Signposts: Duane W.H. Arnold, PhD
+Michael Ramsey often referred to creeds, liturgies and dogmas as “signposts to the Gospel”. That is, they are not to be isolated or set aside from the biblical narrative, the life of the Church or the central message of the Gospel itself that in the Incarnation, God was in Christ reconciling the world to himself. When we take any particular aspect of Christian faith and become absolute and/or rigid in our thinking, we run the risk of mistaking the signpost as ultimate, while at the same time ignoring the very Gospel which we are being pointed towards. All this is to say, that creeds, dogma, liturgies and, indeed, daily Christian conduct are to be measured by one thing and one thing only, and that is the Gospel.
If one were looking for a single brief passage that describes the Incarnation that is at the heart of the Gospel, the kenosis passage of the Letter to the Philippians might arguably be the best.
“Do nothing from selfish ambition or conceit, but in humility regard others as better than yourselves. Let each of you look not to your own interests, but to the interests of others. Let the same mind be in you that was in Christ Jesus, who, though he was in the form of God, did not regard equality with God as something to be grasped after, but emptied himself, taking the form of a slave, being born in human likeness. And being found in human form, he humbled himself and became obedient to the point of death— even death on a cross.”
We are now living through a troubled time in which all that was once normal has been disrupted. This is true of our working lives. It is true of our lives with family and friends. It is also true of our life as the Church. With regard to the Church, we have witnessed the disruption of what we consider to be “normal” church life, especially in regard to gathering for worship. I will readily admit that in a country as large as ours, with churches in many differing locales and situations, there may be arguments which can be made on both sides of the issue. What does concern me, however, is twofold in nature.
Firstly, I am concerned about the politicization of the issue. As you might imagine, I have a number of Bibles on my bookshelves. Some of these Bibles have a section of writings called the Apocrypha placed between the Old Testament and the New Testament. These were deemed valuable for believers, but not necessarily canonical. What I have not found in any of these Bibles, however, is the United States Constitution. Now, as a US citizen, I certainly have rights enshrined in the Constitution. Moreover, one might argue that there are religious rights enshrined in the Constitution. Yet, does the assertion of rights, whether individual or corporate, carry greater weight than the central message of the Gospel as put forward in Paul’s Letter to the Philippians?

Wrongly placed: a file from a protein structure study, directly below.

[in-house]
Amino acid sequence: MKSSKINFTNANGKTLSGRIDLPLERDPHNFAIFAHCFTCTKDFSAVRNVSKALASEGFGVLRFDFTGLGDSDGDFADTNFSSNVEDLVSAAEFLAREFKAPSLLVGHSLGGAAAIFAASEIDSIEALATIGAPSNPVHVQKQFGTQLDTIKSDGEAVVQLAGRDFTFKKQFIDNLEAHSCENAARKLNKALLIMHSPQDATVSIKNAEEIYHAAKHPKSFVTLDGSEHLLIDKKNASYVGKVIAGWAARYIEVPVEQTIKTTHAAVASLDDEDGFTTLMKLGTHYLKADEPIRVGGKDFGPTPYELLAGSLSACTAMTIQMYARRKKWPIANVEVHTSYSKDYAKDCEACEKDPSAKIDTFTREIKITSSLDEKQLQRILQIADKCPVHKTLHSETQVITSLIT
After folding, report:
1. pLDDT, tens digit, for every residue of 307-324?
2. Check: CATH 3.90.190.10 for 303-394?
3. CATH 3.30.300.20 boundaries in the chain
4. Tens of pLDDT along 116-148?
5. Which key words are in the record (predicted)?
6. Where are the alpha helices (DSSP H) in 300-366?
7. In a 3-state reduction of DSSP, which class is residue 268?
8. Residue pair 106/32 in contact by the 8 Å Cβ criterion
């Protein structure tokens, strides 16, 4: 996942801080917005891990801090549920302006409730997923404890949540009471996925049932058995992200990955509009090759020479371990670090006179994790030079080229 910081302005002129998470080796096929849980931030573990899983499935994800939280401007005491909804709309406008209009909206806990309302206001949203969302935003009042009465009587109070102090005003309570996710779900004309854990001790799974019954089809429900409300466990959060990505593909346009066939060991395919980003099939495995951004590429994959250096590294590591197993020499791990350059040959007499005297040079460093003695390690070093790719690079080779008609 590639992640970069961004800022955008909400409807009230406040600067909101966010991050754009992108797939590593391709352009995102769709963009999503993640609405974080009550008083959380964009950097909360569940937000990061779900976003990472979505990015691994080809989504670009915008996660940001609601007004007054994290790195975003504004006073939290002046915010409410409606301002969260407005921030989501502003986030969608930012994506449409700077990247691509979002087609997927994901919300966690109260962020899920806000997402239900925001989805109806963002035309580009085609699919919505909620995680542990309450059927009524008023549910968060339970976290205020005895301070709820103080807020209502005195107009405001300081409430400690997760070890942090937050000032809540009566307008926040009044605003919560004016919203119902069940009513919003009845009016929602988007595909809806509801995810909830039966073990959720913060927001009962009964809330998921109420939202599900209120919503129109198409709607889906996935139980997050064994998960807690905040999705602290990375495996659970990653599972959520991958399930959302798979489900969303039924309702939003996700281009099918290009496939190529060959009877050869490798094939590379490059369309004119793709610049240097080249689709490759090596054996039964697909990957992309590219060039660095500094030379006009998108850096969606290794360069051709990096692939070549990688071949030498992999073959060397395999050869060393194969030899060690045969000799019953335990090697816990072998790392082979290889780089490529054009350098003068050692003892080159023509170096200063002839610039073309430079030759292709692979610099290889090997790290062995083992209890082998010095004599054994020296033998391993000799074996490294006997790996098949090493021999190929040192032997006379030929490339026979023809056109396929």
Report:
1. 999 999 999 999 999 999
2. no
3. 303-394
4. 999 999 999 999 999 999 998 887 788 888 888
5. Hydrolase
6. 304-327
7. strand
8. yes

Secondly, I am concerned that in the clamor to congregate in larger groups once again, we are confusing the “signpost” nature of the Church with what the Church is to encompass, which is the Gospel. If I have come to one conclusion in my theological studies, it is that the Church owes its existence to the Gospel. The Church is, in the words of +Michael Ramsey, “the extension of the Incarnation”. That is, we are to show those very attributes outlined in the kenosis passage above in our daily and weekly and yearly life. It is not about an assertion of our rights or our demands, especially, I believe in a time such as we are living through at the moment.
Now, I fully recognize that there will be those who disagree with me on this matter. All I can say is that for me this is a matter of Christian conscience. While I may have political opinions, to allow those opinions to hold sway over the Gospel and, indeed, my looking “to the interests of others” is something that I cannot do.